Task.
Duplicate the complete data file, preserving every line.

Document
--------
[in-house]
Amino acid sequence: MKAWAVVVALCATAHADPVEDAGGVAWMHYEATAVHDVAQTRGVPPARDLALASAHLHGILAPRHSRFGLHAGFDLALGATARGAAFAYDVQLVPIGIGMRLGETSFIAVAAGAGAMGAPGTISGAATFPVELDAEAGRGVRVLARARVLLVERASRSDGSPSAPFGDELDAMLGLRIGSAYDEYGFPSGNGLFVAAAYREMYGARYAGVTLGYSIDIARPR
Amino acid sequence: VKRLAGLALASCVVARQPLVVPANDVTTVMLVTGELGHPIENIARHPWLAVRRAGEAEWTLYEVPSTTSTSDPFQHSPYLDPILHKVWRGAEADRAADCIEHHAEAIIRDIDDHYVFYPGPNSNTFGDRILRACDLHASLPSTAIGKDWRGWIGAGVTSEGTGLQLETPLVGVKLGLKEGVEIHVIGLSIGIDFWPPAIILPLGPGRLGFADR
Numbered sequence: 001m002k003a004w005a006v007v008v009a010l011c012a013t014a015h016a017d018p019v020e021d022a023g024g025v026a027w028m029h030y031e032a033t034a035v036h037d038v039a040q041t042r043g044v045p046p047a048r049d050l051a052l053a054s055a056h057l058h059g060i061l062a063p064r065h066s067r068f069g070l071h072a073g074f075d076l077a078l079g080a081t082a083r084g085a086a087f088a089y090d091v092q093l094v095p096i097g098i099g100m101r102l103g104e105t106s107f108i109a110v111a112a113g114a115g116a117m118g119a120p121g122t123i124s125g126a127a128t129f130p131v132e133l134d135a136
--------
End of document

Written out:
[in-house]
Amino acid sequence: MKAWAVVVALCATAHADPVEDAGGVAWMHYEATAVHDVAQTRGVPPARDLALASAHLHGILAPRHSRFGLHAGFDLALGATARGAAFAYDVQLVPIGIGMRLGETSFIAVAAGAGAMGAPGTISGAATFPVELDAEAGRGVRVLARARVLLVERASRSDGSPSAPFGDELDAMLGLRIGSAYDEYGFPSGNGLFVAAAYREMYGARYAGVTLGYSIDIARPR
Amino acid sequence: VKRLAGLALASCVVARQPLVVPANDVTTVMLVTGELGHPIENIARHPWLAVRRAGEAEWTLYEVPSTTSTSDPFQHSPYLDPILHKVWRGAEADRAADCIEHHAEAIIRDIDDHYVFYPGPNSNTFGDRILRACDLHASLPSTAIGKDWRGWIGAGVTSEGTGLQLETPLVGVKLGLKEGVEIHVIGLSIGIDFWPPAIILPLGPGRLGFADR
Numbered sequence: 001m002k003a004w005a006v007v008v009a010l011c012a013t014a015h016a017d018p019v020e021d022a023g024g025v026a027w028m029h030y031e032a033t034a035v036h037d038v039a040q041t042r043g044v045p046p047a048r049d050l051a052l053a054s055a056h057l058h059g060i061l062a063p064r065h066s067r068f069g070l071h072a073g074f075d076l077a078l079g080a081t082a083r084g085a086a087f088a089y090d091v092q093l094v095p096i097g098i099g100m101r102l103g104e105t106s107f108i109a110v111a112a113g114a115g116a117m118g119a120p121g122t123i124s125g126a127a128t129f130p131v132e133l134d135a136